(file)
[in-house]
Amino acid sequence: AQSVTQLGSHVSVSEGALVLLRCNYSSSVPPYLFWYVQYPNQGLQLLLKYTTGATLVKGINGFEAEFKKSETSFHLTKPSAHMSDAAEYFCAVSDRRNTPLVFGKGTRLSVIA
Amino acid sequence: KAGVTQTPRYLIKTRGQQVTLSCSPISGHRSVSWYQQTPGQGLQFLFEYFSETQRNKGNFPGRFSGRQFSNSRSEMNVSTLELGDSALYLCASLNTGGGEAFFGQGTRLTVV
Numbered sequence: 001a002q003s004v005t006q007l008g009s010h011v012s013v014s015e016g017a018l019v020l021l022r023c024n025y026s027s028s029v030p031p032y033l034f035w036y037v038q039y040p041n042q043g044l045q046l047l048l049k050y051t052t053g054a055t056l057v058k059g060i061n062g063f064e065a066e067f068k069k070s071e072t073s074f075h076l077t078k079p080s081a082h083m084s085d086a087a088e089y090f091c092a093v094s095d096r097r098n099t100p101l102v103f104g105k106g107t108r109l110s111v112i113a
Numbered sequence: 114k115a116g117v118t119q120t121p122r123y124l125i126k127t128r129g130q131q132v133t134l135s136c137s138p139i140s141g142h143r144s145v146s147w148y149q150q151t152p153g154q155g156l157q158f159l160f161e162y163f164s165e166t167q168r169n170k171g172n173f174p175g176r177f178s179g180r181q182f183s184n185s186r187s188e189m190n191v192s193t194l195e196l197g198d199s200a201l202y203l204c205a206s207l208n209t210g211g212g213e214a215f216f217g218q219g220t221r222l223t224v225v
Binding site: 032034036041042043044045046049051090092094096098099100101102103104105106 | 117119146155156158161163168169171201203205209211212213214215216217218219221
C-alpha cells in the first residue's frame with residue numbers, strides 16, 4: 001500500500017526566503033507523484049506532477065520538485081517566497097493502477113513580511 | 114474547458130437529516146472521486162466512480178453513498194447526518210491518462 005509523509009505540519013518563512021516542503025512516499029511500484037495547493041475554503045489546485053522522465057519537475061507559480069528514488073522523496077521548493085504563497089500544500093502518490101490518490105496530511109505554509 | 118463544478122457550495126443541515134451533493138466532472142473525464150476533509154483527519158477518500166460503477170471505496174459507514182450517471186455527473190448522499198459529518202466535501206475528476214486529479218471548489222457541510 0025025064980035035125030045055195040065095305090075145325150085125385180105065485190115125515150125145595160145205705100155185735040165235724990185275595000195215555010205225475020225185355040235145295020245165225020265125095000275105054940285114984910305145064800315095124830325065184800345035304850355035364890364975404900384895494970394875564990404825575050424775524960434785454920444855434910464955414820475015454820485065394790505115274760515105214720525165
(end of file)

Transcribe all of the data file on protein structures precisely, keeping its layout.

[in-house]
Amino acid sequence: AQSVTQLGSHVSVSEGALVLLRCNYSSSVPPYLFWYVQYPNQGLQLLLKYTTGATLVKGINGFEAEFKKSETSFHLTKPSAHMSDAAEYFCAVSDRRNTPLVFGKGTRLSVIA
Amino acid sequence: KAGVTQTPRYLIKTRGQQVTLSCSPISGHRSVSWYQQTPGQGLQFLFEYFSETQRNKGNFPGRFSGRQFSNSRSEMNVSTLELGDSALYLCASLNTGGGEAFFGQGTRLTVV
Numbered sequence: 001a002q003s004v005t006q007l008g009s010h011v012s013v014s015e016g017a018l019v020l021l022r023c024n025y026s027s028s029v030p031p032y033l034f035w036y037v038q039y040p041n042q043g044l045q046l047l048l049k050y051t052t053g054a055t056l057v058k059g060i061n062g063f064e065a066e067f068k069k070s071e072t073s074f075h076l077t078k079p080s081a082h083m084s085d086a087a088e089y090f091c092a093v094s095d096r097r098n099t100p101l102v103f104g105k106g107t108r109l110s111v112i113a
Numbered sequence: 114k115a116g117v118t119q120t121p122r123y124l125i126k127t128r129g130q131q132v133t134l135s136c137s138p139i140s141g142h143r144s145v146s147w148y149q150q151t152p153g154q155g156l157q158f159l160f161e162y163f164s165e166t167q168r169n170k171g172n173f174p175g176r177f178s179g180r181q182f183s184n185s186r187s188e189m190n191v192s193t194l195e196l197g198d199s200a201l202y203l204c205a206s207l208n209t210g211g212g213e214a215f216f217g218q219g220t221r222l223t224v225v
Binding site: 032034036041042043044045046049051090092094096098099100101102103104105106 | 117119146155156158161163168169171201203205209211212213214215216217218219221
C-alpha cells in the first residue's frame with residue numbers, strides 16, 4: 001500500500017526566503033507523484049506532477065520538485081517566497097493502477113513580511 | 114474547458130437529516146472521486162466512480178453513498194447526518210491518462 005509523509009505540519013518563512021516542503025512516499029511500484037495547493041475554503045489546485053522522465057519537475061507559480069528514488073522523496077521548493085504563497089500544500093502518490101490518490105496530511109505554509 | 118463544478122457550495126443541515134451533493138466532472142473525464150476533509154483527519158477518500166460503477170471505496174459507514182450517471186455527473190448522499198459529518202466535501206475528476214486529479218471548489222457541510 0025025064980035035125030045055195040065095305090075145325150085125385180105065485190115125515150125145595160145205705100155185735040165235724990185275595000195215555010205225475020225185355040235145295020245165225020265125095000275105054940285114984910305145064800315095124830325065184800345035304850355035364890364975404900384895494970394875564990404825575050424775524960434785454920444855434910464955414820475015454820485065394790505115274760515105214720525165